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Wine in ancient times

Based on the available data, the first wine was produced in the Neolithic period in the communities of the ancient Near East and Egypt. People living in the area pioneered the use of fermentation, a food processing technique, which enabled them to be the original producers not only of wine, but of beer, too. Wine was kept in almost indestructible purpose-designed storage vessels made of clay fired to high temperatures, as proven by some undamaged jars excavated in the area. Some of the wall paintings of Egyptian tombs present certain stages of the winemaking process, most likely the way it was carried out in the Nile Delta. Egyptian wines were probably of the sweet or dessert type, but lists of wines inscribed on the Egyptian tomb walls – some sort of wine cards of the period – show that they were of different qualities. Pharaohs, priests and soldiers would drink only the best ones. Some of those wines were Egyptian, whereas others were imported from Ethiopia, Syria and Palestine, brought in Phoenician galleys. Common Egyptians drank very little wine, although there are paintings proving that even then some people had a weakness for it, so extreme drunkenness was not fully unknown. Some of the excavated Egyptian tombs contained a number of wine jars, what is probably related to the ancient Egyptian custom of providing the dead with necessities for the afterlife.

Wine consumption was popularized by the Ancient Greeks and Romans, who also incorporated it in their religious ceremonies.

It is quite probable that the Greeks first got wine from Asia and later on, they themselves spread the art of making and drinking it throughout the Mediterranean. Cultivation was pretty much the same as it is today so the Greeks are rightfully considered the leading pioneers of viticulture. In Ancient Greece wine was a commercial commodity a lot more important than in Ancient Egypt and no social class was entirely deprived of it. However, the exact type was always related to the money one could pay. The overall quality of wine depended upon a number of factors, one of them being the origin of grapes it was produced from. The Greeks had their vineyards not only on the mainland and islands of modern Greece, but also in the numerous former colonies, which had different climatic and geographic characteristics. Literary tradition reveals that wine was a must at all feasts held by gods and goddesses on Mt Olympus, but at the same time it was enjoyed by soldiers waging wars as well as by common people at riotous and free flowing celebrations and Dionysian feasts. Athens was quite liberal and allowed women to drink wine, but Sparta was not all that lenient – it sternly forbade its women to have any wine at all. Drinking wine was as much of a sin as committing adultery – in both cases women could (or even would) lose their lives.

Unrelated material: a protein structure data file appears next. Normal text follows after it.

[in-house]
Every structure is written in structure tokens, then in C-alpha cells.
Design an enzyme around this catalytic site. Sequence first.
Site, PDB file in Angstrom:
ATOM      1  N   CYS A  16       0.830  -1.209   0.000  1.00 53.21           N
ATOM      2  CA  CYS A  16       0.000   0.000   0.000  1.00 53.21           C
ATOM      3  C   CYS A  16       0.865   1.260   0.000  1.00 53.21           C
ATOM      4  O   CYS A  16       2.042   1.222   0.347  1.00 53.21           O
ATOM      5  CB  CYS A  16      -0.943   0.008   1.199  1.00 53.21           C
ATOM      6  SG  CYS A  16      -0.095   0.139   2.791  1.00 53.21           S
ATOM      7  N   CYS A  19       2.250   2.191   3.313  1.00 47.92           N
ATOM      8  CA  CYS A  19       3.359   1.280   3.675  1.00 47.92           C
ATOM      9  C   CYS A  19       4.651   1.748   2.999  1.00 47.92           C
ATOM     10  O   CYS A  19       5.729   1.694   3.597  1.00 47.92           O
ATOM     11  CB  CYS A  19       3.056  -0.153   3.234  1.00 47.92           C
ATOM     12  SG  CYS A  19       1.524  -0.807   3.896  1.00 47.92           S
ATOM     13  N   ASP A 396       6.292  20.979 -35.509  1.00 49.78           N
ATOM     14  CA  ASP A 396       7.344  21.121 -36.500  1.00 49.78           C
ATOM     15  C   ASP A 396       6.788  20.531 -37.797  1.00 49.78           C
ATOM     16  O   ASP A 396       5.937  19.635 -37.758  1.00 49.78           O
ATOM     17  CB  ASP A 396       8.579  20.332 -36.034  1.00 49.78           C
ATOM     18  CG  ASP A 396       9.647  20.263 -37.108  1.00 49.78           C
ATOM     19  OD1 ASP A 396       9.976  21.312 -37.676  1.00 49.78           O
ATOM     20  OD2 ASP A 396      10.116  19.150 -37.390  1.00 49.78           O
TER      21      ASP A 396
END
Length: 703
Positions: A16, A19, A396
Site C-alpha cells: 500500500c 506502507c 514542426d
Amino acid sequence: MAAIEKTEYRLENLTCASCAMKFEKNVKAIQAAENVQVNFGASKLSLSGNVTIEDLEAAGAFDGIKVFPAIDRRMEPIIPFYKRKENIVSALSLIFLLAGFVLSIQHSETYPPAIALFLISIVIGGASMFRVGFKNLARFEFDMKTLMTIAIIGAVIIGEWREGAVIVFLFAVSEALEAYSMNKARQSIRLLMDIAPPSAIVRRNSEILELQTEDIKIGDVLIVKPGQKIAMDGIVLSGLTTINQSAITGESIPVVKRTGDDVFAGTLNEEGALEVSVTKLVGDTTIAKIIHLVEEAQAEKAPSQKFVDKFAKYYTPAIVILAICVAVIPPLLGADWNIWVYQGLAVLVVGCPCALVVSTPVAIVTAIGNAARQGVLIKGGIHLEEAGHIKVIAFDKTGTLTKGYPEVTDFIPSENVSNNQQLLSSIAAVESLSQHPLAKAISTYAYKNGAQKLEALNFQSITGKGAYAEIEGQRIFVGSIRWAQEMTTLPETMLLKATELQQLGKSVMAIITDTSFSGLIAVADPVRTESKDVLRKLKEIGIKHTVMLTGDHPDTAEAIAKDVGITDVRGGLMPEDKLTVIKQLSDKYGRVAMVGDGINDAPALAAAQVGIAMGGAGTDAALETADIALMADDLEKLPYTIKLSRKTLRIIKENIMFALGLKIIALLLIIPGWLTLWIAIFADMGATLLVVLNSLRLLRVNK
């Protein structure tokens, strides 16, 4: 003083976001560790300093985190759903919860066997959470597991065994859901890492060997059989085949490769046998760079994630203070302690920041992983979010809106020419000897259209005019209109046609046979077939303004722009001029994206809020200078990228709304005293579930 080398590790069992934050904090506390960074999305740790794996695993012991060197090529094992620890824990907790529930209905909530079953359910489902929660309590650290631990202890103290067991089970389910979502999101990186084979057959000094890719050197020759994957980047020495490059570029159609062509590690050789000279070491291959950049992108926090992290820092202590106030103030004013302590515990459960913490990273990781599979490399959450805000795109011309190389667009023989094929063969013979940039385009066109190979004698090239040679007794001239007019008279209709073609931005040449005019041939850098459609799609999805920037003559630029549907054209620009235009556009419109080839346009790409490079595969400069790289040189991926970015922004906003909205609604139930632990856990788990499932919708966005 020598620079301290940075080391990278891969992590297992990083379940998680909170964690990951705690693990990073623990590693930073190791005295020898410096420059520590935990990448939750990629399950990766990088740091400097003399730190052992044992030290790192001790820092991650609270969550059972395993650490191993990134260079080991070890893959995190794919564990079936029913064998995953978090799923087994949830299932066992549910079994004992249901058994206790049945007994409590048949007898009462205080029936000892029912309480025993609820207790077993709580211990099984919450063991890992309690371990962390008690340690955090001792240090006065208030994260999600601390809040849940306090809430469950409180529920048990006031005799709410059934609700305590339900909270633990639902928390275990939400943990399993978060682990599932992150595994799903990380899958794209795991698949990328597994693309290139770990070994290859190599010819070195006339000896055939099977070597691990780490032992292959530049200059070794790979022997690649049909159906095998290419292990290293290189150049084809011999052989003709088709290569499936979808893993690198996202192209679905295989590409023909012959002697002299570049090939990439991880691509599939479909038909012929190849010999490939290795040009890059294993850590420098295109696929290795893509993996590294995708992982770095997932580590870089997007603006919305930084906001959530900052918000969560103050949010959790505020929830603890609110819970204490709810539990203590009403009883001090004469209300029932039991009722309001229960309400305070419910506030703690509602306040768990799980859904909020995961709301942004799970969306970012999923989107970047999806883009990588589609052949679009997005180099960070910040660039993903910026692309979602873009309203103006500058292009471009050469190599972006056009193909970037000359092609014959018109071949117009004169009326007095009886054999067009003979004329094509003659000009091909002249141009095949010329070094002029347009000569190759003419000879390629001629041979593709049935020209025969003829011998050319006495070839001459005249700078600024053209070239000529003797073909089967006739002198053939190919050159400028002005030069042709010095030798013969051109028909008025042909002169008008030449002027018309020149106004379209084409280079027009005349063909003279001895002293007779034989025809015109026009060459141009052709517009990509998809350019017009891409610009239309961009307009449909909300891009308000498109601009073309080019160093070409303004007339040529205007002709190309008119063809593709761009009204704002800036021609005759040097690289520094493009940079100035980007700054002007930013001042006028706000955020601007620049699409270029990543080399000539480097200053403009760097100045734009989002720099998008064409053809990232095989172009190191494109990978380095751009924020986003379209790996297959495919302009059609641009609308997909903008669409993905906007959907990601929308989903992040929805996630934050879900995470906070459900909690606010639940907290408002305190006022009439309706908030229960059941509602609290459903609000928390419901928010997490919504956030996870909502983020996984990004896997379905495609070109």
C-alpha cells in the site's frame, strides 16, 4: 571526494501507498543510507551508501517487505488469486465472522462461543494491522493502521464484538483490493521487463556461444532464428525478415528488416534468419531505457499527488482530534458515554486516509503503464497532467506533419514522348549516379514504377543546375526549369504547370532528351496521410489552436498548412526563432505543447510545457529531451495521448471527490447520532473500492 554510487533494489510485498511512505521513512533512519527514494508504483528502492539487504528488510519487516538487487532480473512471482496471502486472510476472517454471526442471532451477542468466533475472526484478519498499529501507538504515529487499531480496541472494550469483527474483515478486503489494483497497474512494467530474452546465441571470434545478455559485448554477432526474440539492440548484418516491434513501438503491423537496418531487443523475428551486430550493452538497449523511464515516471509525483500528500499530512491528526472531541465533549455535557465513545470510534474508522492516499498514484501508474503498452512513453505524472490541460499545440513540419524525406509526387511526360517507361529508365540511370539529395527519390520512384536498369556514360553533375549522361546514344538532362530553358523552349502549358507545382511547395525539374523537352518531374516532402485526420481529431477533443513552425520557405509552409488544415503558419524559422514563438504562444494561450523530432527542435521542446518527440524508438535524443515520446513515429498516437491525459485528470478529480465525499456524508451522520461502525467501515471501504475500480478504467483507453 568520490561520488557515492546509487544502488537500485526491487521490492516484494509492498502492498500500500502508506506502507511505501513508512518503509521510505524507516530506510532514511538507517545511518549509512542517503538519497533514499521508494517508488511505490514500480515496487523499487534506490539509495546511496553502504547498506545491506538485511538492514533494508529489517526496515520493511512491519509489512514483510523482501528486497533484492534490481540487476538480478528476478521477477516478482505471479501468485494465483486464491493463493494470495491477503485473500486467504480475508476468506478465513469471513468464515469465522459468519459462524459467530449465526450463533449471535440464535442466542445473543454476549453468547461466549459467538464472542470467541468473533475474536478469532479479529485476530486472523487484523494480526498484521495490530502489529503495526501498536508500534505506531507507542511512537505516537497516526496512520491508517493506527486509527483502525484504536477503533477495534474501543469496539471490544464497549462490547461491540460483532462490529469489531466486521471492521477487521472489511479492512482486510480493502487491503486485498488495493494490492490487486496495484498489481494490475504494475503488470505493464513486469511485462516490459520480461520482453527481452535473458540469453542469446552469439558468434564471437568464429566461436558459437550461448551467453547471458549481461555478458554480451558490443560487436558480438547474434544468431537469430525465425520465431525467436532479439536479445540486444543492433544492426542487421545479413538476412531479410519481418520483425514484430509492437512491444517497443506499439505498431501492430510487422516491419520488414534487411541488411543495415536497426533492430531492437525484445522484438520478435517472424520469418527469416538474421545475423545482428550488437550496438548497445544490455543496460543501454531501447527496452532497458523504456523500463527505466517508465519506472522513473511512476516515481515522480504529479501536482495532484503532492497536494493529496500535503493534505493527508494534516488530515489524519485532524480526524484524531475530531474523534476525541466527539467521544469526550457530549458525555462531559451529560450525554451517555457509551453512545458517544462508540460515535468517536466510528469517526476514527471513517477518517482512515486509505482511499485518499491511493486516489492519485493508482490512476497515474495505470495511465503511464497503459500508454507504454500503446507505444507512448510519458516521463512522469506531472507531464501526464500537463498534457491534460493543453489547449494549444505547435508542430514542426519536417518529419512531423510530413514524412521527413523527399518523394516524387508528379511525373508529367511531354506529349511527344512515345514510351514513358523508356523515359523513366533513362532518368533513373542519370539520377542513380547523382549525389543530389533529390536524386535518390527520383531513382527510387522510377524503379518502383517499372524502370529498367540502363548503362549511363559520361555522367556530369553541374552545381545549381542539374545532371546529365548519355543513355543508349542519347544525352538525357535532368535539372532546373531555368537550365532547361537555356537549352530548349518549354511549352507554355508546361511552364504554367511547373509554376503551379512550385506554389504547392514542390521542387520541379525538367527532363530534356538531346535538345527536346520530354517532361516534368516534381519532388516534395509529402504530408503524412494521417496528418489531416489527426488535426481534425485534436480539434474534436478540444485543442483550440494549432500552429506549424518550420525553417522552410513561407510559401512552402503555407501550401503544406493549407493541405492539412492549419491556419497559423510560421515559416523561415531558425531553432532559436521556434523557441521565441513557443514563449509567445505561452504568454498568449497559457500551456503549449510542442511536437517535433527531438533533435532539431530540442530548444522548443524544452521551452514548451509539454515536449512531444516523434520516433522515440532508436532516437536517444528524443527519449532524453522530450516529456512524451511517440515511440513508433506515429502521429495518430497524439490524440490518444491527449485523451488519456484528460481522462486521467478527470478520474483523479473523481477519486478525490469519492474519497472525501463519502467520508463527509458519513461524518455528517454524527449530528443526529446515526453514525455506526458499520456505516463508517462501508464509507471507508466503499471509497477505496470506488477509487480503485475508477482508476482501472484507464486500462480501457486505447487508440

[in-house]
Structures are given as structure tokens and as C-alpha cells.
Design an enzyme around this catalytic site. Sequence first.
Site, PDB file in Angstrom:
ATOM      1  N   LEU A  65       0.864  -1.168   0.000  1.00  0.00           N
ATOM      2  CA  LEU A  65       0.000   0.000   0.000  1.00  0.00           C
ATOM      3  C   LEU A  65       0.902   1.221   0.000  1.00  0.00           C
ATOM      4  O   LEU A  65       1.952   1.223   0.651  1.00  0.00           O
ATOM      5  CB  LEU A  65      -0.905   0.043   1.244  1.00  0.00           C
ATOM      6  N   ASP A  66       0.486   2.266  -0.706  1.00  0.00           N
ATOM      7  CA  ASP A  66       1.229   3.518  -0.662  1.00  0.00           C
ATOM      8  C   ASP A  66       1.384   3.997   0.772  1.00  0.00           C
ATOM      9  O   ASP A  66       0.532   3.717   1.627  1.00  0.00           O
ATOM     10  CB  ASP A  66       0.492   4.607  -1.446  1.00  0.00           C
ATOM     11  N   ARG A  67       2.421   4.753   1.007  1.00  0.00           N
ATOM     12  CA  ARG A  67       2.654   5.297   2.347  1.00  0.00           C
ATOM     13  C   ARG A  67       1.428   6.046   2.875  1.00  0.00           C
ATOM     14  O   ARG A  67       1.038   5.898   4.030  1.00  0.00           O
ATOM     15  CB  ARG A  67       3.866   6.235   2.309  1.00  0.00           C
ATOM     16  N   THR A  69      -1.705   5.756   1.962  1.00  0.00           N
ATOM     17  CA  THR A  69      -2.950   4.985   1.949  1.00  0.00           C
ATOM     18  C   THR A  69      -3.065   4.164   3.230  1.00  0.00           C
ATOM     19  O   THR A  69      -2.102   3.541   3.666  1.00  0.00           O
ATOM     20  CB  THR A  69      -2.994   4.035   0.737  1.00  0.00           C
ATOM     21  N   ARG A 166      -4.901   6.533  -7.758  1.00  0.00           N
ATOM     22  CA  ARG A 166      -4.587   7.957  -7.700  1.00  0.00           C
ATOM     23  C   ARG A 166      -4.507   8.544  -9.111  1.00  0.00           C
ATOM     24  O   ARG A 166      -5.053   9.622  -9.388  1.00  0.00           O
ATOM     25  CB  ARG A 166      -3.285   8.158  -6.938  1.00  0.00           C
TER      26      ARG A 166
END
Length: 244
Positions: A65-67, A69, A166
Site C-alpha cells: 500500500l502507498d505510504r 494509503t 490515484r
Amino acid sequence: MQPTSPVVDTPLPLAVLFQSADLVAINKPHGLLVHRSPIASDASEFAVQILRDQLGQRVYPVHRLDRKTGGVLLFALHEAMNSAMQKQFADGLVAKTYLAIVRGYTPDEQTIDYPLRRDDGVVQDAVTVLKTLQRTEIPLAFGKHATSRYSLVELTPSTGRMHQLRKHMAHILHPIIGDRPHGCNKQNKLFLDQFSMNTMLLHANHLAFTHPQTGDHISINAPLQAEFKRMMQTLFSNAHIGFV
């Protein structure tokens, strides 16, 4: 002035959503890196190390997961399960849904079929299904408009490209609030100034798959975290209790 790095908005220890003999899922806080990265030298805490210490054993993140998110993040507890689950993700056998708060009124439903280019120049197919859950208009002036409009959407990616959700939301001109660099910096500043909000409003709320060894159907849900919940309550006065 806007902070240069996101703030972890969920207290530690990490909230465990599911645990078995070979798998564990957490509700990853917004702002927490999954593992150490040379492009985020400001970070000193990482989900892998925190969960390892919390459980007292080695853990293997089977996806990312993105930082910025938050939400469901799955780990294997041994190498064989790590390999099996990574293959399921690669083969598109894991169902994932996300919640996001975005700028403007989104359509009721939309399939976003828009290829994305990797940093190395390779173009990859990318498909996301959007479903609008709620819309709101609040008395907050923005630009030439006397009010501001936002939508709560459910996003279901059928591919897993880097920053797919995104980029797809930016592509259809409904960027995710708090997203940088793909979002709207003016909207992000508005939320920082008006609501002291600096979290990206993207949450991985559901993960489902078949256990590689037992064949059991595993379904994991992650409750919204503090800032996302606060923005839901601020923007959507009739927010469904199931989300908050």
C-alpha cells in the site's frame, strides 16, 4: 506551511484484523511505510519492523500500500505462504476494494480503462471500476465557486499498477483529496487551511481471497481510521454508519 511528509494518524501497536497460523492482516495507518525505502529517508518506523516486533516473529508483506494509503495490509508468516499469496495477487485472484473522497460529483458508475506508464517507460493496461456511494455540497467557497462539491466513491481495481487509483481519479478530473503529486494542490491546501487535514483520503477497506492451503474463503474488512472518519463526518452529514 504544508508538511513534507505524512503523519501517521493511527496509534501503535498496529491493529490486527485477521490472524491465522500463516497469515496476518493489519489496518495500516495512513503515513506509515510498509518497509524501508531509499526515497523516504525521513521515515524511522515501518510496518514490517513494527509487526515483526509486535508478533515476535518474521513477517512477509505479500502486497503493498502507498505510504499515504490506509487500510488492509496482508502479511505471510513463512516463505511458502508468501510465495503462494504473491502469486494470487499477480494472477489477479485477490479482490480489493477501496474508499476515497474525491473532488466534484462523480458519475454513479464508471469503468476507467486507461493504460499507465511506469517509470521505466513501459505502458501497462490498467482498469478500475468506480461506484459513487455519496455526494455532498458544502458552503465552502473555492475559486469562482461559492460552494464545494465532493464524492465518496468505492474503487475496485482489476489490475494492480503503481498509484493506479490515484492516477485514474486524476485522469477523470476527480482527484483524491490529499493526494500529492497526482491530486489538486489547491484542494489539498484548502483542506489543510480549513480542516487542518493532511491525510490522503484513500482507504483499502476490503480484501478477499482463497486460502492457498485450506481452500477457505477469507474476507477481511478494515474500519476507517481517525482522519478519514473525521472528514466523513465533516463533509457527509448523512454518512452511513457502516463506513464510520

Greek wine was highly appreciated in Ancient Rome, where it was a lot more expensive than domestic wine. Moreover, there are proofs that not even at banquets held in rich houses, Greek wine was offered more than once. Thus, it must have been very expensive, but it was probably high quality. Although the geographical origin and the names of the growth gained importance as early as in Ancient Egypt, it was the Romans who made them even more significant. The reason this is so is the fact that the Ancient Rome saw the appearance of adulterated wines and started the infamous tradition of wines faked up in cellars. It was quite common to sweeten wine with honey, so it is quite probable that the Romans appreciated sweet wines, much as the Greeks did. Wine was also believed to have some medicinal qualities, especially if mixed with spices. It was kept in huge terracotta amphorae, such as those we can see at various archeological sites all over the Apennine Peninsula and in former Roman colonies. Just as the Greeks had their god of wine, Dionysus, the Romans had Bacchus, who was celebrated in mid-March by a two-day feast. However, Bacchanalia got so wild and riotous that the Roman Senate banned them in 186 BC.